Moreover, we doubt that the Fourth Amendment reasoning of the Davis court will be adopted by the United States Supreme Court.[13]  The Davis court never fully addressed the limited scope of the DNA analysis:  to develop a DNA profile that would serve as a genetic fingerprint to be compared with unknown DNA profiles.  See id. at 240 n.22 (declining further to discuss science of DNA profiling after noting that some courts analogize DNA to fingerprints while others recognize limitations of that analogy).  The Supreme Court’s subsequent opinion in King, 133 S. Ct. at 1979, noted that the loci that comprise a DNA profile “come from noncoding parts of the DNA that do not reveal . . . genetic traits,” and that the sole purpose of DNA profiling is to generate “a unique identifying number against which future samples may be matched.”  Although the Court was addressing the suspicionless collection of a DNA sample through a buccal swab of certain arrestees, rather than the analysis of such a sample, we think it is likely that the limited information provided by a DNA profile and the limited purpose of identification will lead the Supreme Court to reach a conclusion that is different from that of the Davis court.  See Raynor, 440 Md. at 90, petition for cert. filed, U.S. Supreme Ct., No. 14-885 (Jan. 19, 2015) (“The Davis Court’s conclusion that the DNA testing at issue in that case constituted a Fourth Amendment search rested on what may now be a faulty premise, given the discussion in King that DNA analysis limited to the [thirteen Core] loci within a person’s DNA discloses only such information as identifies with near certainty that person as unique”).

We conclude that where, as here, DNA analysis is limited to the creation of a DNA profile from lawfully seized evidence of a crime, and where the profile is used only to identify its unknown source, the DNA analysis is not a search in the constitutional sense.  Therefore, no search warrant was required to conduct the DNA analysis of the bloodstain from the defendant’s clothing that revealed that the victim was the source of the blood.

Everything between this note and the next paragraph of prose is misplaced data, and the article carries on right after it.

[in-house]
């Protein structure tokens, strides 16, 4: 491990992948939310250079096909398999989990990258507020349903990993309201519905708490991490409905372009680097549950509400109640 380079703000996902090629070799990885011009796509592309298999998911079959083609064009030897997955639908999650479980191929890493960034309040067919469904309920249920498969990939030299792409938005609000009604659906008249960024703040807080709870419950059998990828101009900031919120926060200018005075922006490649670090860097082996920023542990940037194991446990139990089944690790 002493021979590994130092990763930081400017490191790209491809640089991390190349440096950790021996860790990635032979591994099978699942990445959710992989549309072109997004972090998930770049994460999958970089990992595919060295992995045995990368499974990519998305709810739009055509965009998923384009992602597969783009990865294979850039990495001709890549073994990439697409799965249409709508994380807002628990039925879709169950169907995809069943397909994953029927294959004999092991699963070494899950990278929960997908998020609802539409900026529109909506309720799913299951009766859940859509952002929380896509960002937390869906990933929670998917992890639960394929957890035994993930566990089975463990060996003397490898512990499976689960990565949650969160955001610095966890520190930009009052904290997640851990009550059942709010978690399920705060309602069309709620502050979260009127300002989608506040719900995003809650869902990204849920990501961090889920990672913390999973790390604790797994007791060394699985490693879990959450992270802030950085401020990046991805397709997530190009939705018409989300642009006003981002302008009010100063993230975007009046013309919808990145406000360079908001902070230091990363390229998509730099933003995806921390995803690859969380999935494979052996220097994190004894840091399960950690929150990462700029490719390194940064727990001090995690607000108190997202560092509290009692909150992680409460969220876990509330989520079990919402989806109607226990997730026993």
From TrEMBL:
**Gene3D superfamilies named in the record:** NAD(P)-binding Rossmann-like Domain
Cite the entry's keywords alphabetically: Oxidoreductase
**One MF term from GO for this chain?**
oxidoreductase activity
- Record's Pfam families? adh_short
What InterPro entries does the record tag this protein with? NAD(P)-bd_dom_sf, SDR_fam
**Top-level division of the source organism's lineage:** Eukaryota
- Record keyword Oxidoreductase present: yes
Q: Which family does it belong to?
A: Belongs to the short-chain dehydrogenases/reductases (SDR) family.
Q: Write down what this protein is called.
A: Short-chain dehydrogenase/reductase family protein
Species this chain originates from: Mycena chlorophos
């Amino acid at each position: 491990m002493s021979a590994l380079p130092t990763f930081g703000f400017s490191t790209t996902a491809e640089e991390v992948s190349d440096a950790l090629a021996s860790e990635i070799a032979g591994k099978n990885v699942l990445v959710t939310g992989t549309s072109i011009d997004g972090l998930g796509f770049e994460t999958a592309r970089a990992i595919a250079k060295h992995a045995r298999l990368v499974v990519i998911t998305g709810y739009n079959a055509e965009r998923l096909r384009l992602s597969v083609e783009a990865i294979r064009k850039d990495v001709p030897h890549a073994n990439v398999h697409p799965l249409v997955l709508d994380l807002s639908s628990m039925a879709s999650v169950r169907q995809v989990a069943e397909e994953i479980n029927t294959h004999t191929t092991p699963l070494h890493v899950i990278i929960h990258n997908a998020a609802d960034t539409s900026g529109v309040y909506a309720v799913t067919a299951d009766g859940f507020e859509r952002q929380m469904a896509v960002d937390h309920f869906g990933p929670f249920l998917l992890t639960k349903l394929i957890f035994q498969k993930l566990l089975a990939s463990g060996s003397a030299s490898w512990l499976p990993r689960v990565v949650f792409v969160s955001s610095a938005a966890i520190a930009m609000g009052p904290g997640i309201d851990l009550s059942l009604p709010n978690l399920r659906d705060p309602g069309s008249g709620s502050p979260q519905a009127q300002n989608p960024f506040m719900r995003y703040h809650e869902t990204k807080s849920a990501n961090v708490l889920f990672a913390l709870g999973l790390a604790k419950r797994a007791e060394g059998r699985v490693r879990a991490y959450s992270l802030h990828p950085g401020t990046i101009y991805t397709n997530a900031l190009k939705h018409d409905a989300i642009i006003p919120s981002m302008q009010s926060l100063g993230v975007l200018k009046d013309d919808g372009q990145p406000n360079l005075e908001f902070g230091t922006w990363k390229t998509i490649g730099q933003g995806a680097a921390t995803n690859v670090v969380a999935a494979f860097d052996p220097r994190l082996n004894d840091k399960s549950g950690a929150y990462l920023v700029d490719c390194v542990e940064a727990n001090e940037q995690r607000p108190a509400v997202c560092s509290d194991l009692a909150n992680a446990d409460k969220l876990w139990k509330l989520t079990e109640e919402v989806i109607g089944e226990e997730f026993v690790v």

Conclusion.  Because we find no error, the defendant’s convictions are affirmed.

So ordered.

     [1] The defendant was found not guilty of armed robbery.  He was sentenced to from five to seven years in State prison on the conviction of assault and battery by means of a dangerous weapon, and to from three years of probation on the conviction of assault and battery, to commence on his release from State prison.

     [2] We acknowledge the amicus briefs submitted by the Committee for Public Counsel Services and by the American Civil Liberties Union Foundation of Massachusetts.

     [3] No showup identification procedure was conducted with the victim because he needed to be transported by ambulance to the hospital.

     [4] Among other advisements, the form notifies eyewitnesses that the perpetrator may or may not be in the array; that it is as important to clear the innocent as to identify the guilty; that the Chelsea police would continue to investigate the crime regardless of whether a suspect were identified; and that if an identification is made, the witness should signify the level of certainty.

     [5] Kara Tremblay also testified that the probability of a randomly selected unrelated individual having the deoxyribonucleic acid (DNA) profile matching the bloodstain profile was approximately 1 in 107.9 quadrillion in the Caucasian population, 1 in 262.6 quadrillion in the African-American population, 1 in 76.98 quadrillion in the Hispanic population, and 1 in 104.6 quadrillion in the Asian population.